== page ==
Find resistance of 0.1Ω resistor

Thread Starter

k1ng 1337

Joined Sep 11, 2020
101
Hi,

I picked up a couple 0.1Ω 10w resistors to track current usage with an Arduino on a battery powered project but I don't have a precision ohmmeter, how can I extrapolate the resistance value? I only have a cheap multimeter and Arduino at my disposal and already I see a huge error ratio with the multimeter.

Thanks :)
 

MrChips

Joined Oct 2, 2009
24,232
This is not a trivial measurement to make. Contacts and cable resistance alone will result in inaccurate measurements.
 

Papabravo

Joined Feb 24, 2006
16,829
Hi,

I picked up a couple 0.1Ω 10w resistors to track current usage with an Arduino on a battery powered project but I don't have a precision ohmmeter, how can I extrapolate the resistance value? I only have a cheap multimeter and Arduino at my disposal and already I see a huge error ratio with the multimeter.

Thanks :)
Extrapolate is the wrong word for this situation and has nothing to do with what you are trying to accomplish. If you could measure data in another range and infer the resistance, that would be extrapolation. What you mean is how can I accurately measure the resistance of these resistors with the limited equipment that I have. The answer is you probably can't. The laboratory approach would be to obtain a precision voltage source and measure the current. You have neither a precision voltage source, nor a way to accurately measure small currents. I think the best you can do is put a bunch of them in series to get an average. What is the alleged tolerance on these guys ±10% -- hopefully.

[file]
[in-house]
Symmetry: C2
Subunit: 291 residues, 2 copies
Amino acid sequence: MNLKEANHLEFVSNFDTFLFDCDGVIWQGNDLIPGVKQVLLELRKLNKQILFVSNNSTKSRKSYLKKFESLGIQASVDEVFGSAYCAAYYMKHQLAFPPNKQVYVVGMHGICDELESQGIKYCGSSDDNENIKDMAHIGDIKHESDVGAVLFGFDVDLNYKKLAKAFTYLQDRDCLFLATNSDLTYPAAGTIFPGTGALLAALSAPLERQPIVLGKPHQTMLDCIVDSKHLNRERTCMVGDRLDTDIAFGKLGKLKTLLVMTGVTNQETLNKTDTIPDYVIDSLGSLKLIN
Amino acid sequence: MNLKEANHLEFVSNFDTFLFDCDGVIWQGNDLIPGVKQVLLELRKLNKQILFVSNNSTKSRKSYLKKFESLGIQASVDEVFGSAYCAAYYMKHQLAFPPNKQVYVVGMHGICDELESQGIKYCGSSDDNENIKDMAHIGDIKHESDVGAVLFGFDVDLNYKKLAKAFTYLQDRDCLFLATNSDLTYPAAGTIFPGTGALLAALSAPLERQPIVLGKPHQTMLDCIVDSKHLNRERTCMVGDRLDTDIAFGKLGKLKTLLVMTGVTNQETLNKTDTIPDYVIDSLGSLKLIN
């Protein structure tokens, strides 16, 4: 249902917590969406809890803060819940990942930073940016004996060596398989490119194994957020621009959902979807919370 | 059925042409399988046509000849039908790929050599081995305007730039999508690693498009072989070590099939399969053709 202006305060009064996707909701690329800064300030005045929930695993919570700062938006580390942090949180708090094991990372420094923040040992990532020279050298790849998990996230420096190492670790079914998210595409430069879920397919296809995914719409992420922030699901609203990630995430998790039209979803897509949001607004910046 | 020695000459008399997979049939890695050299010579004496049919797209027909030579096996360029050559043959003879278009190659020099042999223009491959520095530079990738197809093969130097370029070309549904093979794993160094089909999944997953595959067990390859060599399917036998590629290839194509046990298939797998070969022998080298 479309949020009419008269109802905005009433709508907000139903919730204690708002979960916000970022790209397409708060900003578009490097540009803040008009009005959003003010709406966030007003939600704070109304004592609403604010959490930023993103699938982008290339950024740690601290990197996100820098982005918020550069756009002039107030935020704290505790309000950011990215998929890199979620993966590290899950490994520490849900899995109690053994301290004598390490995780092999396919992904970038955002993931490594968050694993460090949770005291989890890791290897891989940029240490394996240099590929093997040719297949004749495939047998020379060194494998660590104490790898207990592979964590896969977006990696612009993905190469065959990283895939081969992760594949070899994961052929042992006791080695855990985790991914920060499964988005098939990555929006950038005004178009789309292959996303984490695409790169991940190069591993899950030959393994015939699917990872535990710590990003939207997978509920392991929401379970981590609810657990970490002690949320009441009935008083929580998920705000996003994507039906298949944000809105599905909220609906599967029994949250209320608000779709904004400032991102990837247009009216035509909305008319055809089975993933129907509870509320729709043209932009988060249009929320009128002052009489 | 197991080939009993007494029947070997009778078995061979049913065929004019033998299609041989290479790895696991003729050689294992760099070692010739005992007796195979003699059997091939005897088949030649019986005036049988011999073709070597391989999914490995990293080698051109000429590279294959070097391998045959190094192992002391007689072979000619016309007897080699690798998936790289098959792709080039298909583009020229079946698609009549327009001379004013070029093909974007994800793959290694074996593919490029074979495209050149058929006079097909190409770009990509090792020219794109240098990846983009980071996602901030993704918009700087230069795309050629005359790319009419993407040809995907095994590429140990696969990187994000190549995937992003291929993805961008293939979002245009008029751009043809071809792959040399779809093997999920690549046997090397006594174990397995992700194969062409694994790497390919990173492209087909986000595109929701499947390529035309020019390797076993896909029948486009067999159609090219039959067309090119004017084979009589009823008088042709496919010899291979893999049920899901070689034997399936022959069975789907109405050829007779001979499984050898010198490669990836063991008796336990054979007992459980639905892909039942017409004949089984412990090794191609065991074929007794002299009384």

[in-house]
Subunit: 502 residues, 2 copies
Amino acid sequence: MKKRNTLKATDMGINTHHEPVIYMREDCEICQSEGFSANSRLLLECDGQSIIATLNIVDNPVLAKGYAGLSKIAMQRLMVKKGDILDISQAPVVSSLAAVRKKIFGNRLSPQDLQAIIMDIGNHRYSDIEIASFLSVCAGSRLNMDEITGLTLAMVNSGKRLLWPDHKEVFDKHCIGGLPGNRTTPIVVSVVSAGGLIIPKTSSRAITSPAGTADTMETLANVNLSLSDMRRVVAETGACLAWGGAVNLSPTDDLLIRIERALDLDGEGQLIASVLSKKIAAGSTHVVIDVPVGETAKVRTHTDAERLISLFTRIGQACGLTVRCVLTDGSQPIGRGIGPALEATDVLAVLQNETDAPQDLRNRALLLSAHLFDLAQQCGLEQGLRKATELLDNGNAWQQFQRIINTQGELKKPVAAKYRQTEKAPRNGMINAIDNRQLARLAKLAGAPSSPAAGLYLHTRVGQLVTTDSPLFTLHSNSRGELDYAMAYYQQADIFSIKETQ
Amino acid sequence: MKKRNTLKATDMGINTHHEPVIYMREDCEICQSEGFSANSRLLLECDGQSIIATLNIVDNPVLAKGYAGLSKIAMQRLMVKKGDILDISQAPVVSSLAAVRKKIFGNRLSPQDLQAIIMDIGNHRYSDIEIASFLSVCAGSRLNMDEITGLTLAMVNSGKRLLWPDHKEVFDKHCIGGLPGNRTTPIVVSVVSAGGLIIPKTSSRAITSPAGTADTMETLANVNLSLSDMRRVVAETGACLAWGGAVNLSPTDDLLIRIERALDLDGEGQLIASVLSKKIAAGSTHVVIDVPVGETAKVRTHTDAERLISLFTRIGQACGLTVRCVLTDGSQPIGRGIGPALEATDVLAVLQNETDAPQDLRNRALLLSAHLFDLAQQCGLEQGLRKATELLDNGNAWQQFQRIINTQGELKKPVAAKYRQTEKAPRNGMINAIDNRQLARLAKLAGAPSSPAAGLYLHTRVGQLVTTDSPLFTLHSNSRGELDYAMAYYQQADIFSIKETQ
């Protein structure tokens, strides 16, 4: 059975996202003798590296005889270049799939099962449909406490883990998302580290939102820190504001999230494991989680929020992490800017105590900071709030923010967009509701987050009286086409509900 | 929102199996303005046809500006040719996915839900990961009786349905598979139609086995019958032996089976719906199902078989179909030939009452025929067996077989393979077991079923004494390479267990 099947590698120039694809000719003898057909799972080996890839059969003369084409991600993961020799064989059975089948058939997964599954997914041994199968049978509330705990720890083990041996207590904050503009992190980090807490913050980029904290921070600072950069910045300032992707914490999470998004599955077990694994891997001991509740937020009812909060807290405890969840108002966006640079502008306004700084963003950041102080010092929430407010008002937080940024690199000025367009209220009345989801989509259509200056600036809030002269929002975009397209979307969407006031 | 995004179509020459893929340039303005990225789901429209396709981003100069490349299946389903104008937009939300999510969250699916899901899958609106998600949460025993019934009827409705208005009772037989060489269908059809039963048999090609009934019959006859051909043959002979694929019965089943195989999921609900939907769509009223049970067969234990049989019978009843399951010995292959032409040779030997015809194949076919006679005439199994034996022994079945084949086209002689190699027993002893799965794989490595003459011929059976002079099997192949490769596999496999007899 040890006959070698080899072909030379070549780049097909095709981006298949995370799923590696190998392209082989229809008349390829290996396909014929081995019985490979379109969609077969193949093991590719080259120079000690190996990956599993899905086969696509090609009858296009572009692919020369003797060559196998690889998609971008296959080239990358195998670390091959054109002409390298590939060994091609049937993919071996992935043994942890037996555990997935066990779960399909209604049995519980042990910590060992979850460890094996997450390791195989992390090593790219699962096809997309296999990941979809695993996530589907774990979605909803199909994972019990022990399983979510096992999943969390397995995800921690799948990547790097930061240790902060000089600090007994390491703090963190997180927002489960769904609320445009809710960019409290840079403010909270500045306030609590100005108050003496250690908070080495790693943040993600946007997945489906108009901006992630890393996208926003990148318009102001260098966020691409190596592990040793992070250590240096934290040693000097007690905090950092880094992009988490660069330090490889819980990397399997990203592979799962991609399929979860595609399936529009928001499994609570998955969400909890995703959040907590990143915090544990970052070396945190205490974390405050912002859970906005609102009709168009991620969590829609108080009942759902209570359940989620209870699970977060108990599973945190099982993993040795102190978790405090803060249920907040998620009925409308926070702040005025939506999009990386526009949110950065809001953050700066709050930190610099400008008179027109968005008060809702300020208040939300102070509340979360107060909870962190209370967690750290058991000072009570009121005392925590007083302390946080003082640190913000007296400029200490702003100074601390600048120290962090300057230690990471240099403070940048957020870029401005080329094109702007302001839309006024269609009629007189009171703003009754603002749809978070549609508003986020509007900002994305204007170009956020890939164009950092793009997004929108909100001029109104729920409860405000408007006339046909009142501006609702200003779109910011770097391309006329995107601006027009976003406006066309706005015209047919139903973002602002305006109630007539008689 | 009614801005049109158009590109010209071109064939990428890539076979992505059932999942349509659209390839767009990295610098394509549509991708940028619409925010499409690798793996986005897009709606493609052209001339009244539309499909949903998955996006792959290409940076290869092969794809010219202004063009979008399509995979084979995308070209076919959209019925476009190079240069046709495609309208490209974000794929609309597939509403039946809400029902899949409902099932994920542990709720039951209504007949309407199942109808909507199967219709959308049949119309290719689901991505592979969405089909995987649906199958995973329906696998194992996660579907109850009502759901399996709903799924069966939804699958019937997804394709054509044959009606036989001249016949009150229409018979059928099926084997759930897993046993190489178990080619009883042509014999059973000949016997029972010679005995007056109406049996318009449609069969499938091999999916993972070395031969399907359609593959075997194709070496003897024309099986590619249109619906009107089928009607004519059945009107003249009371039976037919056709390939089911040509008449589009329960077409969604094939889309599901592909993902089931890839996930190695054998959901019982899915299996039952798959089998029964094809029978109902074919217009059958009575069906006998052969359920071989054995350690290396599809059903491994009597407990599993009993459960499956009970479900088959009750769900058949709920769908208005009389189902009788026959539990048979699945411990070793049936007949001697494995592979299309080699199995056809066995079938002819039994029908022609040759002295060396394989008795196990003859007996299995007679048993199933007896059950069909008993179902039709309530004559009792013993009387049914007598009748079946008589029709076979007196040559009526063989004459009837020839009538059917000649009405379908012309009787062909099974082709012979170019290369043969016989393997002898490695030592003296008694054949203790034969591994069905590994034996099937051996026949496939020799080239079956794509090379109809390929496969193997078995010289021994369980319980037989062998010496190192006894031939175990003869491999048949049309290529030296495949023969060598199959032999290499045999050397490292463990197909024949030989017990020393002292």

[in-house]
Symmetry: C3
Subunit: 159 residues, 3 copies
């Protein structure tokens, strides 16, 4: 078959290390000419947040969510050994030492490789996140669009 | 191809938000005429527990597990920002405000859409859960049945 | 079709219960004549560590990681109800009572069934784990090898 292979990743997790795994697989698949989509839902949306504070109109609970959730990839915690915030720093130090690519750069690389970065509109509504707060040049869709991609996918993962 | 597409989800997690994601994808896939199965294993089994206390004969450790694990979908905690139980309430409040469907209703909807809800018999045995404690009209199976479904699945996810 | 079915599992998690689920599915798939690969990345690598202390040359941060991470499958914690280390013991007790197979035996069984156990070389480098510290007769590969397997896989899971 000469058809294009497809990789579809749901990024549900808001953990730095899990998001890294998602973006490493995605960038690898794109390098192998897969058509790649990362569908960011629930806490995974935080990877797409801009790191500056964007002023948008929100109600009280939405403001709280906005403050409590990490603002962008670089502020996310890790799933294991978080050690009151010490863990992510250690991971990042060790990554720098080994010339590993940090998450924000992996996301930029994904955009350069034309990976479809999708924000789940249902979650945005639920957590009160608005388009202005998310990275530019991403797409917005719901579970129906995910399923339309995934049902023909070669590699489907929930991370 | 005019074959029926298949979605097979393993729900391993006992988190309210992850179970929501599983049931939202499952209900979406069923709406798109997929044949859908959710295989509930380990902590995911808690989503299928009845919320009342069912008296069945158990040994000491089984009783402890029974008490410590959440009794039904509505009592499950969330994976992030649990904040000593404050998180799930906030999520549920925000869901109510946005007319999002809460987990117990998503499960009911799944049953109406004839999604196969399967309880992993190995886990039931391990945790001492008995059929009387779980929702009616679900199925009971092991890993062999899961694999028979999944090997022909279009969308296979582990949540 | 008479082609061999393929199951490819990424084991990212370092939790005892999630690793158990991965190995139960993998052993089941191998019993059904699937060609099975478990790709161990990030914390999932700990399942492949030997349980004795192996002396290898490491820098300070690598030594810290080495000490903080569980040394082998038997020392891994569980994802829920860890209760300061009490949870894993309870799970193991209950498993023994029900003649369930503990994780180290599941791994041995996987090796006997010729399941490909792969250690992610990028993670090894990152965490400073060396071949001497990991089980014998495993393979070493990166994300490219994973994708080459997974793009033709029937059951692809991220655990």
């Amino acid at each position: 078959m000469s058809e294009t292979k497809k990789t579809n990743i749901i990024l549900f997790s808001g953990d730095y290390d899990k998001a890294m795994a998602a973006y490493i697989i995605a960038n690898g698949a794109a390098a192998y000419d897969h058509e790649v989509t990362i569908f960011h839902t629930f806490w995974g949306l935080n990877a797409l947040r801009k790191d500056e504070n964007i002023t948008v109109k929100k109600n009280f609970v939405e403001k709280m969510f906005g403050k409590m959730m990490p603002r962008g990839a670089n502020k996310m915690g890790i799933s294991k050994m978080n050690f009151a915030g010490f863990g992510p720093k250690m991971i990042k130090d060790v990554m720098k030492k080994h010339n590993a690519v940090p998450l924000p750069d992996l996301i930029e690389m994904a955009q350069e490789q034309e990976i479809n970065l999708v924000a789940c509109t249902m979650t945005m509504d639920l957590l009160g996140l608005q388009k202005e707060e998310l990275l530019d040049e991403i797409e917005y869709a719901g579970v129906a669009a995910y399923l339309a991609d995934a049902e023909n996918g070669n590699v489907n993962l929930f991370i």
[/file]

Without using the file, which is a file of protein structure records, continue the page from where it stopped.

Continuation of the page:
Just for completeness, an example of extrapolation would be taking a set of collector characteristics for a transistor and using the slopes to infer the Early Voltage.
 

crutschow

Joined Mar 14, 2008
27,751
The usual way to measure small resistances is to put a known current through the resistance (such as 1A) and measure the voltage drop directly across the resistor (should be 100mV for a 0.1Ω resistor).
That's called a 4-wire measurement, which takes the wire resistances out of the measurement.

The current can be measured with the multimeter first with the power supply adjusted in the constant-current mode, so that the current doesn't change when you remove the multimeter to measure the voltage.
 

Papabravo

Joined Feb 24, 2006
16,829
The usual way to measure small resistances is to put a known current through the resistance (such as 1A) and measure the voltage drop directly across the resistor (should be 100mV for a 0.1Ω resistor).
That's called a 4-wire measurement, which takes the wire resistances out of the measurement.

The current can be measured with the multimeter first with the power supply adjusted in the constant-current mode, so that the current doesn't change when you remove the multimeter to measure the voltage.
Doing this with a 4 1/2 digit Fluke is different than doing it with a $5.99 Centek from Harbor Freight.